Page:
• It is to be understood that the regular expressions shown above are exemplary and that, in other embodiments, other regular expressions are used. In addition, other expressions are used to identify other elements such as outcome qualifiers.
  • FIG. 3 is an exemplary parser output 300 according to one embodiment of the present invention. Parser output 300 is provided by way of example and not by way of limitation. In particular, it is to be understood that other formats and structure are used in other embodiments. Parser output 300 is produced by parsing source code 200 with the regular expressions discussed above with regards to FIG. 2. Parser output 300 is a tabular file with six columns and multiple rows. Notably, although there are six columns in the example in FIG. 3, it is to be understood that in other embodiments, any appropriate number of columns are used. The columns in this exemplary embodiment are test column 302, test group column 304, outcome column 306, qualifier column 308, next test column 310, and indictment column 312. The values in the rows of parser output 300 relate found tests, test outcomes, outcome qualifiers, and indictments.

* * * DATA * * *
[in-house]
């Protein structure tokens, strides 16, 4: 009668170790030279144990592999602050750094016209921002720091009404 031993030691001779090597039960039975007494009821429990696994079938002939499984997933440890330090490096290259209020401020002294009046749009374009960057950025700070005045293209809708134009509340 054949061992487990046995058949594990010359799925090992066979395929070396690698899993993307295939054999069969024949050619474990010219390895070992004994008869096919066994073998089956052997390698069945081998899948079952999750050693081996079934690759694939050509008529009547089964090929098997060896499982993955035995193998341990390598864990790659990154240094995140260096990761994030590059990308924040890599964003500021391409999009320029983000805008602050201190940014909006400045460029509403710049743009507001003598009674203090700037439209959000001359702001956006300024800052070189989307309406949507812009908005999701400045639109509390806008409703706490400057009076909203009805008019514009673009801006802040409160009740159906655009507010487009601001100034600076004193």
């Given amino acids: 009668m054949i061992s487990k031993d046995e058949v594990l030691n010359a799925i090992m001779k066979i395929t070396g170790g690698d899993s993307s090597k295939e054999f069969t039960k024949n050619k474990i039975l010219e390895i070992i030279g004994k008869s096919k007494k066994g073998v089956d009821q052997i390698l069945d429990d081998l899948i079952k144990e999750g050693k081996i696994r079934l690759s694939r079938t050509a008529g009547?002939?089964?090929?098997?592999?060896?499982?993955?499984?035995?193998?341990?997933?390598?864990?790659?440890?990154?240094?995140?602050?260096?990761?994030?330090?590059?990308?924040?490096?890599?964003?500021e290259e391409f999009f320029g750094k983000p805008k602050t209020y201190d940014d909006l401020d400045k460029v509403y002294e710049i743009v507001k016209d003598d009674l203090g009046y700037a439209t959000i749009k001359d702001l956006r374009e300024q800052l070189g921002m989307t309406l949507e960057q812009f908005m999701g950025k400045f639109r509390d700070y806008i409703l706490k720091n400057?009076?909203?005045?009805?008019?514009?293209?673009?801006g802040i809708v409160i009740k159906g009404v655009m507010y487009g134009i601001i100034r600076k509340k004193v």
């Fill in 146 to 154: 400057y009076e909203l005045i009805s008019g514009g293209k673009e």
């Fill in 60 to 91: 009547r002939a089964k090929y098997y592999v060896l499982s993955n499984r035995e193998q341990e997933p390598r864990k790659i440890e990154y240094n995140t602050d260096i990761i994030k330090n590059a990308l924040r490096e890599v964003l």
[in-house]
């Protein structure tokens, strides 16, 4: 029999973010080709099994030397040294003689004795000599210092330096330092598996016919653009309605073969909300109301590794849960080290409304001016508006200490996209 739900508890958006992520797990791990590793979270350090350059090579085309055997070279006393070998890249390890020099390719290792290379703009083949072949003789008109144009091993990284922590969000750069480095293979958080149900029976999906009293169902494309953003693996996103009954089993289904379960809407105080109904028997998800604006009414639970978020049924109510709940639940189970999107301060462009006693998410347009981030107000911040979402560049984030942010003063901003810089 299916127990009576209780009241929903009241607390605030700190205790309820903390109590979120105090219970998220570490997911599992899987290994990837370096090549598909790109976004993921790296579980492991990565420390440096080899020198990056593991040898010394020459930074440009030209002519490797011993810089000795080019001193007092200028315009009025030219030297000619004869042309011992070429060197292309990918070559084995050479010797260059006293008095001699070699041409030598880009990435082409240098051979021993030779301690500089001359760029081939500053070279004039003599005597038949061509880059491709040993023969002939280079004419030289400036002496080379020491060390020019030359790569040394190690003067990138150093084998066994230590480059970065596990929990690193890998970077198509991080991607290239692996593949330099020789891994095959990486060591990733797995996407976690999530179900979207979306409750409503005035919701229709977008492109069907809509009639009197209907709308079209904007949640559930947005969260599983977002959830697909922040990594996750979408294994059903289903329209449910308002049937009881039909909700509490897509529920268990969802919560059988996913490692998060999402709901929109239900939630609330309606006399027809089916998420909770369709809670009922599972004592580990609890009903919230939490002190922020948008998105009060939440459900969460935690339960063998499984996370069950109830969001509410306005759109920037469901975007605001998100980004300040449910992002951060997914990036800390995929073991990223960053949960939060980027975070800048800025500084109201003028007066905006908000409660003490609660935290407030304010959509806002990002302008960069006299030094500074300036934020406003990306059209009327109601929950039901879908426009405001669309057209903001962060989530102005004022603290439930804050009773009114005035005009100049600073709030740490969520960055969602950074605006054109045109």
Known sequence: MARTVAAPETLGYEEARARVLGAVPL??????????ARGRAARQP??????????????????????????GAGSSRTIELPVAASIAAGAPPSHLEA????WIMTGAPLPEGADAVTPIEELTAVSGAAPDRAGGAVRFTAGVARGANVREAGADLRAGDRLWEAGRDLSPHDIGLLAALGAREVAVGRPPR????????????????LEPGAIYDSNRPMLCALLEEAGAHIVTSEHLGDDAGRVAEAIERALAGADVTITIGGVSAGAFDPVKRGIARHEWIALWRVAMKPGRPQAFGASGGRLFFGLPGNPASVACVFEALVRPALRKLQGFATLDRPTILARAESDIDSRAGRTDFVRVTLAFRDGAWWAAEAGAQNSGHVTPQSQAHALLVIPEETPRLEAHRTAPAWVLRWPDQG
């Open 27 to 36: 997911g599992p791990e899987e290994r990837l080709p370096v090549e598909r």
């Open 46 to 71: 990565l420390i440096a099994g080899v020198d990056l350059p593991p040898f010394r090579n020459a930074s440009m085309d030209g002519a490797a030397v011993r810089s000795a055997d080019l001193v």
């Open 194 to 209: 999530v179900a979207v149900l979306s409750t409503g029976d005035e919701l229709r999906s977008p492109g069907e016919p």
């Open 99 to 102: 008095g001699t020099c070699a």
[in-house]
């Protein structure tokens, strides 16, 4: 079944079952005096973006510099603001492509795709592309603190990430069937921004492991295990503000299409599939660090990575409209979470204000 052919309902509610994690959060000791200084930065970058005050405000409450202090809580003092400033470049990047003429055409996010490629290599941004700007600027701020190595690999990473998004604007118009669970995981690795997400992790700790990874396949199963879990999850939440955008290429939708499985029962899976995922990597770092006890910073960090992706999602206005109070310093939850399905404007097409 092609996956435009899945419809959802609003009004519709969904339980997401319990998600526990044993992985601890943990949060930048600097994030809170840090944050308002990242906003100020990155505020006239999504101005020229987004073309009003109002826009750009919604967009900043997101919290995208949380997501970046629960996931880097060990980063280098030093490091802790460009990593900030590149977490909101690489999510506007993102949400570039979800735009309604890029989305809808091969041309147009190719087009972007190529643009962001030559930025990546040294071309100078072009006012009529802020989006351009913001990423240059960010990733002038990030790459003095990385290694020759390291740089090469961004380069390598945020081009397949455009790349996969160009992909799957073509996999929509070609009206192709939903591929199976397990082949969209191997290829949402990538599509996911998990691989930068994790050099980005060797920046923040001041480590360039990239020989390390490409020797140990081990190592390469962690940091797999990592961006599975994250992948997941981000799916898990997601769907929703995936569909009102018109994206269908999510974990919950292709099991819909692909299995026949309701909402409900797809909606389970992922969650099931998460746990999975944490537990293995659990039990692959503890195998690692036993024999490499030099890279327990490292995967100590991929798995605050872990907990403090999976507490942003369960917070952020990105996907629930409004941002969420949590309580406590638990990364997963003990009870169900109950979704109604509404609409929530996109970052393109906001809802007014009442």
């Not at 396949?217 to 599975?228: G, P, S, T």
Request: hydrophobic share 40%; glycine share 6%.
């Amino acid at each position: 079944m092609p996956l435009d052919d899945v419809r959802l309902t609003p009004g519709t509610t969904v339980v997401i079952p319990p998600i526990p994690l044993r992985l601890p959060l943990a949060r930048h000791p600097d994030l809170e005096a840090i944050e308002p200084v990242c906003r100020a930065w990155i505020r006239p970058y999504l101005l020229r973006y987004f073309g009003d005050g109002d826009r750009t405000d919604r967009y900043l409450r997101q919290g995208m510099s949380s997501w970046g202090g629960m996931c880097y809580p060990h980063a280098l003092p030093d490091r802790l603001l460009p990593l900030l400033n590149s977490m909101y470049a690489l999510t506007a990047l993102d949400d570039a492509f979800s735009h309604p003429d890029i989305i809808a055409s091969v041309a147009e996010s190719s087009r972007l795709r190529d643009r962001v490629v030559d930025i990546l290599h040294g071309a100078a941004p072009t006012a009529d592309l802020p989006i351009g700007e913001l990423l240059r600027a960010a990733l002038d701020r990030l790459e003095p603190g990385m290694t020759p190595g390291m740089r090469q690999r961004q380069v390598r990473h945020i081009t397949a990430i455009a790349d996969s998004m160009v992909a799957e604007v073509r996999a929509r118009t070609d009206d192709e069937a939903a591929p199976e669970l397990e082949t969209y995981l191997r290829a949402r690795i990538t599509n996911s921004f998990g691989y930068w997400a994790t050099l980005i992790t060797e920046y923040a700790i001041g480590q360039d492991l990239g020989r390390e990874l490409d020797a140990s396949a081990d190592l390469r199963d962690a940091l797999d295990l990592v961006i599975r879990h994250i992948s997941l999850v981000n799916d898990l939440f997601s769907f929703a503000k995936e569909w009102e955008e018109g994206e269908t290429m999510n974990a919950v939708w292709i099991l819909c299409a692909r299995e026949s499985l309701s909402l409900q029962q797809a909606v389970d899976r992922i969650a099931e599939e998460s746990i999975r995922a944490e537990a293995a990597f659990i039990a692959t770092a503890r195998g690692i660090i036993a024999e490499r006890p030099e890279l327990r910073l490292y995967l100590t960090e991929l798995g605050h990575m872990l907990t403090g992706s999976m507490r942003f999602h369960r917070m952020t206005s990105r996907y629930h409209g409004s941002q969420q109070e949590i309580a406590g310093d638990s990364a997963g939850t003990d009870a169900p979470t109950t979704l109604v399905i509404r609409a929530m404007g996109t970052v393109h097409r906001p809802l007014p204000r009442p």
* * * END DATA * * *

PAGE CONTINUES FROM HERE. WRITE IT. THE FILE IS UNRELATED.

• For example, the first entry 314-1 in test column 302 is “T50015”. This is the test ID of the first test found in source code 200. Test “T50015” is part of “Test Group 1” as indicated by corresponding entry 314-2 in test group column 304. The test groups are used in some embodiments to determine entry points in the source code. For example, a given source code file may have multiple entry or starting points. The test group ID is used to associate tests allowing for any of the multiple starting points to be used.